Argentine Beekeepers' Magazine


October 14th, 2023

Versión en Castellano

(Espacio Apícola, October 14th, 2021) A new review that includes the analysis of data from more than 2,500 sites reveals that global warming, resulting from greenhouse gas emissions and deforestation and land use change in favor of agriculture is causing the reduction of pollinators and consequently puts regional production at risk, representing a risk to human well-being.

Under the title: "Key tropical crops at risk from pollinator loss due to climate change and land use" Joseph Millard, from the Department of Life Sciences, Natural History Museum and the Center for Biodiversity and Environment Resarch, from the University College, both in London, along with other researchers from those institutions and others from the United Kingdom, Brazil and Portugal, published this research article on ecology in Science Advences last Thursday.

The graph that illustrates this note was taken from the aforementioned publication, shows how pollinators decrease depending on the advance of agriculture.

Key tropical crops at risk from pollinator loss due to climate change and land use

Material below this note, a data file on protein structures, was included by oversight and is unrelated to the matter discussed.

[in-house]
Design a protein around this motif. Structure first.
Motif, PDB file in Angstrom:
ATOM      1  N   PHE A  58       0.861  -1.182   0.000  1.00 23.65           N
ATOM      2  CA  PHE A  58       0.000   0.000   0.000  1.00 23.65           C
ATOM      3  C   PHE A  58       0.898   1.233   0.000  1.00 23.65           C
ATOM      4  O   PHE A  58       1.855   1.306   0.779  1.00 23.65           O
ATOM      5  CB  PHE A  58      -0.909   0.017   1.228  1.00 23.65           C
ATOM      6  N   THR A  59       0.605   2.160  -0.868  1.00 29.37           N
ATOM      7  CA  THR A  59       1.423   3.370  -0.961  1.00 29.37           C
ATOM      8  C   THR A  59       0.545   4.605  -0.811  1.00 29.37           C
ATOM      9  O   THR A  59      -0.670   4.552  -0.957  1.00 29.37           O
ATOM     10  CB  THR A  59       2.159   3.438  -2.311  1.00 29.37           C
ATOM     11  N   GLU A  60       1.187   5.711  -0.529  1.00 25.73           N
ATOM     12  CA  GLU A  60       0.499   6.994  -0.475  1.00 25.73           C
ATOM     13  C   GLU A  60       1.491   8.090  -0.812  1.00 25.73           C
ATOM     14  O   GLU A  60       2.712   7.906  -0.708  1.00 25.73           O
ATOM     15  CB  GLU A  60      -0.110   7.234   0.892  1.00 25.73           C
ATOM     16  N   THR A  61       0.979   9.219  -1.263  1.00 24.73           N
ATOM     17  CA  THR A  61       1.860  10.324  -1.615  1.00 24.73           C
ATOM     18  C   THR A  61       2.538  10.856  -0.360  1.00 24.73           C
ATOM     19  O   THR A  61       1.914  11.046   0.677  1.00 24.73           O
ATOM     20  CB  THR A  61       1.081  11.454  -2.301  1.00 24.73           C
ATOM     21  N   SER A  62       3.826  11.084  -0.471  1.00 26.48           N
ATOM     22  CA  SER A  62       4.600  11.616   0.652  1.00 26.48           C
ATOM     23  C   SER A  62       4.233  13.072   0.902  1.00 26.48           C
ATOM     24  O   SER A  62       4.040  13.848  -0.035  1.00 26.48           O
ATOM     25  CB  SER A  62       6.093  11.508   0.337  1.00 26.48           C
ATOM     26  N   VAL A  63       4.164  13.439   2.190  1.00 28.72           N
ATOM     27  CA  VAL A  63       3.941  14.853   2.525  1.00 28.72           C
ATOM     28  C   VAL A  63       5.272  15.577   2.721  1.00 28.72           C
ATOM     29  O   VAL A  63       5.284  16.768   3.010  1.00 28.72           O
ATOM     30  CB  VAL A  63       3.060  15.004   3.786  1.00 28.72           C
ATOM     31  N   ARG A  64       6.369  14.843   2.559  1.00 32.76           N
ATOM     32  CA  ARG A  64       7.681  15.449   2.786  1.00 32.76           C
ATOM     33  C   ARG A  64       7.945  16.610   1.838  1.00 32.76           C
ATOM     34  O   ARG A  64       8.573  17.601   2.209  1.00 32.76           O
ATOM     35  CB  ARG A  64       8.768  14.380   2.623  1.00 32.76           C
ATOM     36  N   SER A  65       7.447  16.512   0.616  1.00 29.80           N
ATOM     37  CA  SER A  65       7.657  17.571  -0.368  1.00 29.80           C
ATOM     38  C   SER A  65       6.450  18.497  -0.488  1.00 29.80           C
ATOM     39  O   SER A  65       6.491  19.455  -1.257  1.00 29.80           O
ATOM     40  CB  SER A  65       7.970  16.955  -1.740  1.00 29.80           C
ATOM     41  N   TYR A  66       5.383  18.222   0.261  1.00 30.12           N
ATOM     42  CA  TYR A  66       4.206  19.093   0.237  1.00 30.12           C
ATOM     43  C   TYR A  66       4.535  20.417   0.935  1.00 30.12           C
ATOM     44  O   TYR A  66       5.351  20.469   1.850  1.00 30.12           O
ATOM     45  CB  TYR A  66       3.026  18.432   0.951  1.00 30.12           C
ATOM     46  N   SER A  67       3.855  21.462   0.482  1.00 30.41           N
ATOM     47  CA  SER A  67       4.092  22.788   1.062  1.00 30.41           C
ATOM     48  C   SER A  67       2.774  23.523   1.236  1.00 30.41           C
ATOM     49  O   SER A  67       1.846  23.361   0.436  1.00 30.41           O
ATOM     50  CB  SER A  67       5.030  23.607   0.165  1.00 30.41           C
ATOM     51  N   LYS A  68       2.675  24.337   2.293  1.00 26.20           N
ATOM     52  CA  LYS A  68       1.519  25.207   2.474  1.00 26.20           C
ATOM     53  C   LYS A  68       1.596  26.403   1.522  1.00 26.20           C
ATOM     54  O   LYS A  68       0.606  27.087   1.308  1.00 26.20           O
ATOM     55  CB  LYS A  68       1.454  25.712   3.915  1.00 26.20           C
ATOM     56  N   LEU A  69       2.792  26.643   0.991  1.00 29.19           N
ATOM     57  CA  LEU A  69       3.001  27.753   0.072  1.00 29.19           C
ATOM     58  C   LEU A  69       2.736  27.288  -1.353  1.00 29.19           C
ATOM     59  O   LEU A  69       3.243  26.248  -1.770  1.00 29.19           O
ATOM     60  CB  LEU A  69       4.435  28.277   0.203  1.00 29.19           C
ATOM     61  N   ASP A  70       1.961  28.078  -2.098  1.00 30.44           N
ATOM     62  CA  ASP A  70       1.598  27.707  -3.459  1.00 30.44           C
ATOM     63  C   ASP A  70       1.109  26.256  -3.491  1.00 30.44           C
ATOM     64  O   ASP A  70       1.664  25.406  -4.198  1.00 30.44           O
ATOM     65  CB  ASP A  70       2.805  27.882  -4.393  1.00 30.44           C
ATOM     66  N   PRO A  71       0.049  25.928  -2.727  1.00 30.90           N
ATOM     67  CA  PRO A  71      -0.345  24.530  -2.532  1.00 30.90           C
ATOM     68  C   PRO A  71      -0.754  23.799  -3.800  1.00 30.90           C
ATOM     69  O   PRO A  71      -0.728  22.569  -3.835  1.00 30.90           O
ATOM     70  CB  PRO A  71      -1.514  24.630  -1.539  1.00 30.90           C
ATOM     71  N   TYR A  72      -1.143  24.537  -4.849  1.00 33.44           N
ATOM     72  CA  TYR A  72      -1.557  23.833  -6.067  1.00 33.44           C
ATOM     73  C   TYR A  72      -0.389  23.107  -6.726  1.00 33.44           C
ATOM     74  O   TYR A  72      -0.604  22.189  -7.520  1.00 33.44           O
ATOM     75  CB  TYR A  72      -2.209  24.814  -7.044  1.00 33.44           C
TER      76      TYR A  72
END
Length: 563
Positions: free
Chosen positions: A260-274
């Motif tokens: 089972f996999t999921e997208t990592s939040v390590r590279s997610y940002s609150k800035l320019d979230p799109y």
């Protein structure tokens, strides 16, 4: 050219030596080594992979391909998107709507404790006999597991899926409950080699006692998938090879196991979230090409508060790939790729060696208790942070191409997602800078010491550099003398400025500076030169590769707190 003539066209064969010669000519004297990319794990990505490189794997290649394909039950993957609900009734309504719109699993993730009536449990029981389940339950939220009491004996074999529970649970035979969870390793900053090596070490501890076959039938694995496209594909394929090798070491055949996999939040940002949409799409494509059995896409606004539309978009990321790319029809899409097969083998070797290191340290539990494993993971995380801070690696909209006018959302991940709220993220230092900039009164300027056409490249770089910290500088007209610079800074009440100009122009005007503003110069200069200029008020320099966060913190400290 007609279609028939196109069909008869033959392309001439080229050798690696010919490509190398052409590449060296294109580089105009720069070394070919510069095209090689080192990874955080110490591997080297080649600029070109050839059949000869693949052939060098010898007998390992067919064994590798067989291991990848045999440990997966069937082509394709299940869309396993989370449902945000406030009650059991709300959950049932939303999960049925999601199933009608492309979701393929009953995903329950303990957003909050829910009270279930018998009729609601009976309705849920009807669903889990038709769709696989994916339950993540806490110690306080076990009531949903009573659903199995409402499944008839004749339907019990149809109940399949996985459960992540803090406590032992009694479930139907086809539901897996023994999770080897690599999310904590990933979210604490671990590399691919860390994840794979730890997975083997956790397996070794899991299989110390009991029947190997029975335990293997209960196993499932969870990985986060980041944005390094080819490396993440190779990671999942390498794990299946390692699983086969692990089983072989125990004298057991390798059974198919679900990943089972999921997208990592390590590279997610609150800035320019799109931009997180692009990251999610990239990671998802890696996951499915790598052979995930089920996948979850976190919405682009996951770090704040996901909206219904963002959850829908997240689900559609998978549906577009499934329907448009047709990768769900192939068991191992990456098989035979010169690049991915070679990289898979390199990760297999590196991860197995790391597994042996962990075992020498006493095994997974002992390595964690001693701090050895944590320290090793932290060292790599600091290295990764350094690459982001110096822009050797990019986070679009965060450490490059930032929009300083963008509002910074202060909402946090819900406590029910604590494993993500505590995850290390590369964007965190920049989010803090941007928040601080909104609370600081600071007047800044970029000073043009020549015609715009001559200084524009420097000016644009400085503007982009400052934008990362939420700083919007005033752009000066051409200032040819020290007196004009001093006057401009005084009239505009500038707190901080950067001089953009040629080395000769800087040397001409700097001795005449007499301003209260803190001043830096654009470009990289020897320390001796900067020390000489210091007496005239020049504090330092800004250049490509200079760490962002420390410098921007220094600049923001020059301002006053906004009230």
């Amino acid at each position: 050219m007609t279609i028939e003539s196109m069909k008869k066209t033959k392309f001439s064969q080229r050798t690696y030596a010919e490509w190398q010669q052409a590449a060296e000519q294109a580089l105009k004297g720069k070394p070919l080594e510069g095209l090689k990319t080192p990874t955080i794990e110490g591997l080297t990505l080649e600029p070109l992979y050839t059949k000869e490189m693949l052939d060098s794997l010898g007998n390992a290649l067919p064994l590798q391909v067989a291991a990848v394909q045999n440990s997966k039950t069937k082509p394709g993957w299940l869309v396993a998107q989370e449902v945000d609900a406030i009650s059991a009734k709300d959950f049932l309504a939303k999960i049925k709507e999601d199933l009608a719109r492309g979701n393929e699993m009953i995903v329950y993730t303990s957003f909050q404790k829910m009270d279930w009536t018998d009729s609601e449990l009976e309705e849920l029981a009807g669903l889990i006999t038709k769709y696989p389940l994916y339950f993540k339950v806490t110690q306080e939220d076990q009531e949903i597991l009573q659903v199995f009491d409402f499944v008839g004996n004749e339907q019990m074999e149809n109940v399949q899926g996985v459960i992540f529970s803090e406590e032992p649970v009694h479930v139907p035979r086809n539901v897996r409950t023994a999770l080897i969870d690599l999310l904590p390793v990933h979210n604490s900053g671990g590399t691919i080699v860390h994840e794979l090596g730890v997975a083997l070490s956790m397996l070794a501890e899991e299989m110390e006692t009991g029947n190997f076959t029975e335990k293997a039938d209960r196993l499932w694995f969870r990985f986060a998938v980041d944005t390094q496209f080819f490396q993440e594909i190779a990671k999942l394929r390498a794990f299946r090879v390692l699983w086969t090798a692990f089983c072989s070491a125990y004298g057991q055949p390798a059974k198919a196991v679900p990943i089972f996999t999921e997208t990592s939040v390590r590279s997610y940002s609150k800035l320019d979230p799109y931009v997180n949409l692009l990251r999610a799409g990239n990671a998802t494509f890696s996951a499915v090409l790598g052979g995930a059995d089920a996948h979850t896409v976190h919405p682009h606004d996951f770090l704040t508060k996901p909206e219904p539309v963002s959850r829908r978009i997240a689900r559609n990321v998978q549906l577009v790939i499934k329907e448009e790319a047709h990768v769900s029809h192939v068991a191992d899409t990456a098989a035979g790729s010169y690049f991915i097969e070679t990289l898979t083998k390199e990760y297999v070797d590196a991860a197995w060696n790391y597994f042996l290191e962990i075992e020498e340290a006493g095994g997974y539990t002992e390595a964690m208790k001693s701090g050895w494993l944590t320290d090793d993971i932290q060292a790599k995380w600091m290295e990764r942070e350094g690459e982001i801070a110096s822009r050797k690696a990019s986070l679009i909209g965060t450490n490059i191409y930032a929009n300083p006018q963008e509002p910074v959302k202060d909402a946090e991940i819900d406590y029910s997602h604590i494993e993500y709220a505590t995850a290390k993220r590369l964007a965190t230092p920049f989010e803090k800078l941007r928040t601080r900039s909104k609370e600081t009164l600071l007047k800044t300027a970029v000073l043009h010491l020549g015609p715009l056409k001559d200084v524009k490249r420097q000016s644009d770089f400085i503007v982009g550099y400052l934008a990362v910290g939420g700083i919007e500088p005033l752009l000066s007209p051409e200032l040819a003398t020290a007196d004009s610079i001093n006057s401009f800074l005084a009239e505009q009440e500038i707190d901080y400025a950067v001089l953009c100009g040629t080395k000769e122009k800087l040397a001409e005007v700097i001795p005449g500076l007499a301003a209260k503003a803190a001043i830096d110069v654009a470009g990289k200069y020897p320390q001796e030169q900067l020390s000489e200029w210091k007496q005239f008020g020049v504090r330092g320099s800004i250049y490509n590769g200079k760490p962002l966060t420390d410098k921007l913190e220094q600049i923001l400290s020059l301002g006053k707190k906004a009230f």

Insect pollinator biodiversity is changing rapidly, with potential consequences for the provision of crop pollination. However, the role of land use–climate interactions in pollinator biodiversity changes, as well as consequent economic effects via changes in crop pollination, remains poorly understood. We present a global assessment of the interactive effects of climate change and land use on pollinator abundance and richness and predictions of the risk to crop pollination from the inferred changes. Using a dataset containing 2673 sites and 3080 insect pollinator species, we show that the interactive combination of agriculture and climate change is associated with large reductions in insect pollinators. As a result, it is expected that the tropics will experience the greatest risk to crop production from pollinator losses. Localized risk is highest and predicted to increase most rapidly, in regions of sub-Saharan Africa, northern South America, and Southeast Asia. Via pollinator loss alone, climate change and agricultural land use could be a risk to human well-being.

Free access article published by the American Association for the Advancement of Science HERE

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